Thursday, June 20, 2013

Reader's Diary #1028- Tennessee Williams: A Streetcar Named Desire


What I had known about Tennessee Williams' "A Streetcar Named Desire" up until now had come solely from the Simpsons "A Streetcar Named Marge" spoof. That and Elaine's "Stellaaaaahhhh" moment on Seinfeld, but that wasn't as helpful as the former.

In any case, I loved the play. I really appreciated the extremes of Stanley Kowalski and Blanche Dubois. While they were, as were all the characters in the play, delusional to varying degrees, a reader's tolerance is tested under all sorts of circumstances. I wanted for instance, to find feel some sort of sympathy for Stanley, but then he crosses some lines that are so appalling that I simply gave up trying and hated him. In Blanche I had started from the opposite end, resenting her snobbishness but then finding myself forgiving her, once more of her story was revealed. Interestingly, Williams seems to suggest that society at large has the opposite response, tolerating the Stanleys of the world but not the Blanches, or at the very least the way they deal with their disappointments in life. The supporting characters also deal with themes of desire and coping with reality but with greater subtlety to balance out the great extremes.

Having heard so much about the legendary performances of this play (most notably Marlon Brando), I wasn't sure if reading it would work. What if it was the acting, directing, sets and so forth that had made the play (just as bad performances can ruin a great written piece)? But before each scene Williams adds notes, I presume originally intended to let the director know what he was going for. For example:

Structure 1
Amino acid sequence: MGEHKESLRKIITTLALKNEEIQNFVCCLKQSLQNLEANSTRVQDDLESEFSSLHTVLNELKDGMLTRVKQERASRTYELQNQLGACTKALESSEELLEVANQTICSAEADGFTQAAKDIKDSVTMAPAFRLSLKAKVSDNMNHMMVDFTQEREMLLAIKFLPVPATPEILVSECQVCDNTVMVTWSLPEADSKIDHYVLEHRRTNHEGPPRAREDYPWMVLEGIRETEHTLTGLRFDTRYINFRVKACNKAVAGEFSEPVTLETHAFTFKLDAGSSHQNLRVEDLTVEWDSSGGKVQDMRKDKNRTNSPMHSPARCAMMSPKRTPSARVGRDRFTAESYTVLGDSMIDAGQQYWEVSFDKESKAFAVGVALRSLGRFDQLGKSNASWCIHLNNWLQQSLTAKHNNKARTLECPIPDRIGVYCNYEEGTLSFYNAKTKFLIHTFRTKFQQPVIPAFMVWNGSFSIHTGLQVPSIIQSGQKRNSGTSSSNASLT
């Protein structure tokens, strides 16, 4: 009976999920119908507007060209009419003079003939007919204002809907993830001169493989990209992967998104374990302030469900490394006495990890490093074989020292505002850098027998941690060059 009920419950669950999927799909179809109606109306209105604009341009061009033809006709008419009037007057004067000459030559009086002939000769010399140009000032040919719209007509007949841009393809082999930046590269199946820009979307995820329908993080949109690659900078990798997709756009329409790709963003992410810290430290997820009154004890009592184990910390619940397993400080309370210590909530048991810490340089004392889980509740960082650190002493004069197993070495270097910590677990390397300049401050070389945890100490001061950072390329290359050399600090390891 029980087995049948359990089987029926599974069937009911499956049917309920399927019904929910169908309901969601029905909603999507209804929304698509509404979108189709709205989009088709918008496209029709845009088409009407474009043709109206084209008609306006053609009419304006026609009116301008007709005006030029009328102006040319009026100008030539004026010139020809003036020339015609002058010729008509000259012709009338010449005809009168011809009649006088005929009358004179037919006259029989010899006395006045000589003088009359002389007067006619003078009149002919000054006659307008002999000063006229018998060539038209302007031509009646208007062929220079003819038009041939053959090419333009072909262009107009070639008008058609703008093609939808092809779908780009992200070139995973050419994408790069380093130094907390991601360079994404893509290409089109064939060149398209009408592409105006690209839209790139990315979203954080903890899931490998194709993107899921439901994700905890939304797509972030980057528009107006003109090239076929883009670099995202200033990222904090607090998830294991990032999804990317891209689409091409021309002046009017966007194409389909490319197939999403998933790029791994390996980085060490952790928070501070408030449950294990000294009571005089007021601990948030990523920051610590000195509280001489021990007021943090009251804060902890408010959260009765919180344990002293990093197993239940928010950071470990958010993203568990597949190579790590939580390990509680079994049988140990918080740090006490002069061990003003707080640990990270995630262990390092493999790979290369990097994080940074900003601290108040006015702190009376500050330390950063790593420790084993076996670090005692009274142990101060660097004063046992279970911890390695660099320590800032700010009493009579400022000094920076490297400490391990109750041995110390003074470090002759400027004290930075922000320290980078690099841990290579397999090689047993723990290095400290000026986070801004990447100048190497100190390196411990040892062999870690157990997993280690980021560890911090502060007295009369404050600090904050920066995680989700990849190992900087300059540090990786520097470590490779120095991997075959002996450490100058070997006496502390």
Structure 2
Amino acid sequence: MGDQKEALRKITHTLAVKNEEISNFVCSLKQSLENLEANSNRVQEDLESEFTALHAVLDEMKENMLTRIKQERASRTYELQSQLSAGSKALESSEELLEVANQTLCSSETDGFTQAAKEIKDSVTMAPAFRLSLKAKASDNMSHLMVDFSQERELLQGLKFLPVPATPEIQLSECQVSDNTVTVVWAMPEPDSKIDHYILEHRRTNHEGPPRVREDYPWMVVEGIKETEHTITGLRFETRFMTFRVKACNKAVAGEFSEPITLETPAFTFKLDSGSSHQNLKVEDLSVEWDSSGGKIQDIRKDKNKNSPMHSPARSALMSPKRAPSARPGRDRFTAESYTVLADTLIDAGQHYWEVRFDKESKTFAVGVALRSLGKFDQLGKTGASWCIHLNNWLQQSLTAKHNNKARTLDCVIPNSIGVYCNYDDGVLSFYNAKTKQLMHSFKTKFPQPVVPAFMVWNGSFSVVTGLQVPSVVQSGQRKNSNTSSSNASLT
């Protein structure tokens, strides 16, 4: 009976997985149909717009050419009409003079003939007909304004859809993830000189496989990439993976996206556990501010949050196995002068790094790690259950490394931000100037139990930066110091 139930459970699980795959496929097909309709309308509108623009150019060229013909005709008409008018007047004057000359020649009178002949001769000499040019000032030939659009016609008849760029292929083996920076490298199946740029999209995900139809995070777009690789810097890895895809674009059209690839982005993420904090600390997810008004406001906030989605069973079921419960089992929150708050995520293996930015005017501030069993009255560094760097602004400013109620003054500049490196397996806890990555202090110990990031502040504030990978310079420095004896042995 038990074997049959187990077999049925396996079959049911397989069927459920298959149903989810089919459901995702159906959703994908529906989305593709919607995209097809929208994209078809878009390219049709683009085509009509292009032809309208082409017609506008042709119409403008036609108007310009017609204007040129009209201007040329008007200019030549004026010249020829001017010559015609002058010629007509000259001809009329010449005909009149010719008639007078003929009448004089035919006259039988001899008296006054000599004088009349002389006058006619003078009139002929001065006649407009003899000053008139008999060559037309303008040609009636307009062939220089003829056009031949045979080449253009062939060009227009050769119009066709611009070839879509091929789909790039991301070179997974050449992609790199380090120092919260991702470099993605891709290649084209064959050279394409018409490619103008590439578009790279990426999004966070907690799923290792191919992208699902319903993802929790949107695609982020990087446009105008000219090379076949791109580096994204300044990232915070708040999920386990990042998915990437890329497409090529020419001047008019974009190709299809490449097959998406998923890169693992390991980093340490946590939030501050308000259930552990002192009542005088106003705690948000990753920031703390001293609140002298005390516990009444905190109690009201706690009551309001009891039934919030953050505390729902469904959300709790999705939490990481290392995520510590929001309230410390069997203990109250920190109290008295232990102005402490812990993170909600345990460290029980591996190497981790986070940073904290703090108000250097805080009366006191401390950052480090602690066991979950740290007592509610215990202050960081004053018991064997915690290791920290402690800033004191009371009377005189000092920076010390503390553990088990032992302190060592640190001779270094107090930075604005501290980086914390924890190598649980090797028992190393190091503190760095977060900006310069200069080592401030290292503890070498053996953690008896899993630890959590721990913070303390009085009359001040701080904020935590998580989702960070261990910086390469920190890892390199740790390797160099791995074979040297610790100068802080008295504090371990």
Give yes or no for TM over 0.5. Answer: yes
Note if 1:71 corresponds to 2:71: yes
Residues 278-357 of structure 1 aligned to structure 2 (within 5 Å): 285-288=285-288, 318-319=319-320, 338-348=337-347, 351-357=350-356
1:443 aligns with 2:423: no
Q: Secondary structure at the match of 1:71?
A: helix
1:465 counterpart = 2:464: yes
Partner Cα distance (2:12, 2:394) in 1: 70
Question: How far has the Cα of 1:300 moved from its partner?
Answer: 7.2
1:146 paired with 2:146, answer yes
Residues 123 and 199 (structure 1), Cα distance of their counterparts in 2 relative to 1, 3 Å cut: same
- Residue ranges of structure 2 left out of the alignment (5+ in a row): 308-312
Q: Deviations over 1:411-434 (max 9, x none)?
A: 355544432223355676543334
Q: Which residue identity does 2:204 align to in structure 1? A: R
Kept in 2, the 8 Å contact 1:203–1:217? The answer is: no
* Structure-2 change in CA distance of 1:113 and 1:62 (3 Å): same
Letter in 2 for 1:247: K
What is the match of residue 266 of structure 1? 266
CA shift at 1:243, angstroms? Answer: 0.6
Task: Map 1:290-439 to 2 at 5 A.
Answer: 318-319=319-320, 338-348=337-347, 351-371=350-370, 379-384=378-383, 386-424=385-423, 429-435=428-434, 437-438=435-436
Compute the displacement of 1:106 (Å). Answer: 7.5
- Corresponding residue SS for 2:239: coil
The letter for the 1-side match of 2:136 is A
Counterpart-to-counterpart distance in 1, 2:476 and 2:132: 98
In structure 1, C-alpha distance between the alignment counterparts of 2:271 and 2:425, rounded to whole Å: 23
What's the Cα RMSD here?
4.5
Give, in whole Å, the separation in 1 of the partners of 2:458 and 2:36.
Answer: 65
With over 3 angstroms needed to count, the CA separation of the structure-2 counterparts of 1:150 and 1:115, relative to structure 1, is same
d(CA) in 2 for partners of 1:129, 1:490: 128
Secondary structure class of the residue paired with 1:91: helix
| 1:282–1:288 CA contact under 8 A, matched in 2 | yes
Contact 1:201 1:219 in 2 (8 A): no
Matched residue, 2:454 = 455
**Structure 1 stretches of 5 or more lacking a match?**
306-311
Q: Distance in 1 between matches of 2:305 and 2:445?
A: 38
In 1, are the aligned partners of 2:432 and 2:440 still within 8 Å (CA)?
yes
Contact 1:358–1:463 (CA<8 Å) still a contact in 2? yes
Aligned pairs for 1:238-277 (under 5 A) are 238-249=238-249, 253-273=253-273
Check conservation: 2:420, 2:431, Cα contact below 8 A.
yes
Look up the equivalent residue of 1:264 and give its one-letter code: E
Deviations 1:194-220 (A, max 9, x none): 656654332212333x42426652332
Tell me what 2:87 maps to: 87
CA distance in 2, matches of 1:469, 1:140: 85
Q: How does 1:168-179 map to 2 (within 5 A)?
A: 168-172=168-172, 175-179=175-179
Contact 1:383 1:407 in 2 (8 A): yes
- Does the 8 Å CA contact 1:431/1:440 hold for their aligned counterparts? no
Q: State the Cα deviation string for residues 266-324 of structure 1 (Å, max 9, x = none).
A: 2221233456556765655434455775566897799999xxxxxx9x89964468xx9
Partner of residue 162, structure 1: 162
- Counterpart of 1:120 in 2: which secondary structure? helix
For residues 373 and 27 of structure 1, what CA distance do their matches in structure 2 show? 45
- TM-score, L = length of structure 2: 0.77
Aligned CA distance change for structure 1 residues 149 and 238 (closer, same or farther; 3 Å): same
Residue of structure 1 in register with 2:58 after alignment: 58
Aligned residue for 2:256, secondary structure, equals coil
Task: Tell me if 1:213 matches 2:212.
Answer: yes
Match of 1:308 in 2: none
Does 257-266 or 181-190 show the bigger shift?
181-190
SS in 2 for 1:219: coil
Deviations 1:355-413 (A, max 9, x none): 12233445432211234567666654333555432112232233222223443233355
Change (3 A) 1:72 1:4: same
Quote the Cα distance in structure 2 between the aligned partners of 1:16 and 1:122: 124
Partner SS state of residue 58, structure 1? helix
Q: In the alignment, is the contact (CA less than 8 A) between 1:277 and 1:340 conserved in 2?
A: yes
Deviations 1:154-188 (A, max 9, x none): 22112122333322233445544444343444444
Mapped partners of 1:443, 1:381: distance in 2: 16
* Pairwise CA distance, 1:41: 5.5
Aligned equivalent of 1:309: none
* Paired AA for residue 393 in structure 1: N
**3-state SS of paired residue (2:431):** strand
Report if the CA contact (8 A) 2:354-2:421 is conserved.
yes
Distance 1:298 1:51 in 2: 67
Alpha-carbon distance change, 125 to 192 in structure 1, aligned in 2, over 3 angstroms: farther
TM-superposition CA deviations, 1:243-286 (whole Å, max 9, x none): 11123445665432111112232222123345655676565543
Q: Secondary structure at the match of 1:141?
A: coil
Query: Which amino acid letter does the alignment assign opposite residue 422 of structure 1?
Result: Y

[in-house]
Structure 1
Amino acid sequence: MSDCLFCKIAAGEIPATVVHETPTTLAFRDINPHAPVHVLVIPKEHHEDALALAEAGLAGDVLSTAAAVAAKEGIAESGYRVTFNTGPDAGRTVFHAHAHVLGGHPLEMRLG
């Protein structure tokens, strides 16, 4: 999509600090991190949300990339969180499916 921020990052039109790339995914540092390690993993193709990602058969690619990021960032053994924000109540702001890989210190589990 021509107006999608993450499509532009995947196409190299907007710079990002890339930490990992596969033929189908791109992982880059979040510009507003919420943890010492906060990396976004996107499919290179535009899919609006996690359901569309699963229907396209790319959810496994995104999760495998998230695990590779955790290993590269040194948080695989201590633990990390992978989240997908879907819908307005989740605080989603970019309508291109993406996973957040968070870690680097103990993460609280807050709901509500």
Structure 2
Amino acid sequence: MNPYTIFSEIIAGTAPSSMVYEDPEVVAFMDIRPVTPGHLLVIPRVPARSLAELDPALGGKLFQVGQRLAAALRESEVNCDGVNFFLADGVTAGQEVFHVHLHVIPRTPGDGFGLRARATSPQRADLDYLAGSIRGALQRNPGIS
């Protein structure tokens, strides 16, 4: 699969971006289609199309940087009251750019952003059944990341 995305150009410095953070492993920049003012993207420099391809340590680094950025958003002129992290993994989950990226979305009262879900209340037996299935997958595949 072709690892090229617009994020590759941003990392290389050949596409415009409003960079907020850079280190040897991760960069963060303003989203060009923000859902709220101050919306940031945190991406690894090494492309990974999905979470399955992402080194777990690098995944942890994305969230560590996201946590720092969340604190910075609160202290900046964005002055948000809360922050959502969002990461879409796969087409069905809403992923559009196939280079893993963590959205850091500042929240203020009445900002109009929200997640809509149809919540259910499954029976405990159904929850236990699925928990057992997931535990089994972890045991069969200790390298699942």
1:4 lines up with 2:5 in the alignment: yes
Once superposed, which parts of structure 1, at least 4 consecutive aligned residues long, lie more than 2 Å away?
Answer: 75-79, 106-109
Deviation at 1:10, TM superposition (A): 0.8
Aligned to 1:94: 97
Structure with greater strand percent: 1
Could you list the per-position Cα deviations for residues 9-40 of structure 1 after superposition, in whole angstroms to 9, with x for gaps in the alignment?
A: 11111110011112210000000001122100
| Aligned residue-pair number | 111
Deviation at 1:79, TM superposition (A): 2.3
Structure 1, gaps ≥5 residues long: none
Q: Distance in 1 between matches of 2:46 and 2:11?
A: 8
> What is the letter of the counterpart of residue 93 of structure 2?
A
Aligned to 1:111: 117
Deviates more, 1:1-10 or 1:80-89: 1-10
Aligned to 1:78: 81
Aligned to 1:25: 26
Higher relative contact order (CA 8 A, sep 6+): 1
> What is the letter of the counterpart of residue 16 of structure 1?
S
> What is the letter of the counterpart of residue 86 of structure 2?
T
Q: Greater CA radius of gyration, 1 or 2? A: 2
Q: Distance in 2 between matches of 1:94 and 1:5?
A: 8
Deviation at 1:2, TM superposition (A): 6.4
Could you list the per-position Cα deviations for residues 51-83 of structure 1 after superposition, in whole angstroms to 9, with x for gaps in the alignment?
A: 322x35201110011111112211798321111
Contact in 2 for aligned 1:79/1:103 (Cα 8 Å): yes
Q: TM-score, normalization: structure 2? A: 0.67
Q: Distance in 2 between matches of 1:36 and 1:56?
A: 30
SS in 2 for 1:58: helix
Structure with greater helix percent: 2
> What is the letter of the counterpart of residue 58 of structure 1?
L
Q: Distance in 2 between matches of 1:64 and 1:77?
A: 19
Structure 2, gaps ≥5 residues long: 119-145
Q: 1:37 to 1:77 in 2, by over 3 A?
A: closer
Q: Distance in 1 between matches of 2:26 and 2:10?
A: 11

The sky that shows around the dim white building is a peculiarly tender blue, almost turquoise, which invests the scene with a kind of lyricism and gracefully attenuates the atmosphere of decay.
From a reader's point of view such details add so much more to the experience that I feel the play can stand on its own in the written form. Williams also does a remarkable job using the music and setting of New Orleans in complementing the mood of the story— though in contrast to his characters, I think the city does have this life thing figured out.


1 comment:

Barbara Bruederlin said...

I had no idea that the play was so full of really rather poetic detail. What a nice surprise. Up until now all I really knew about this play was white wife-beater shirt.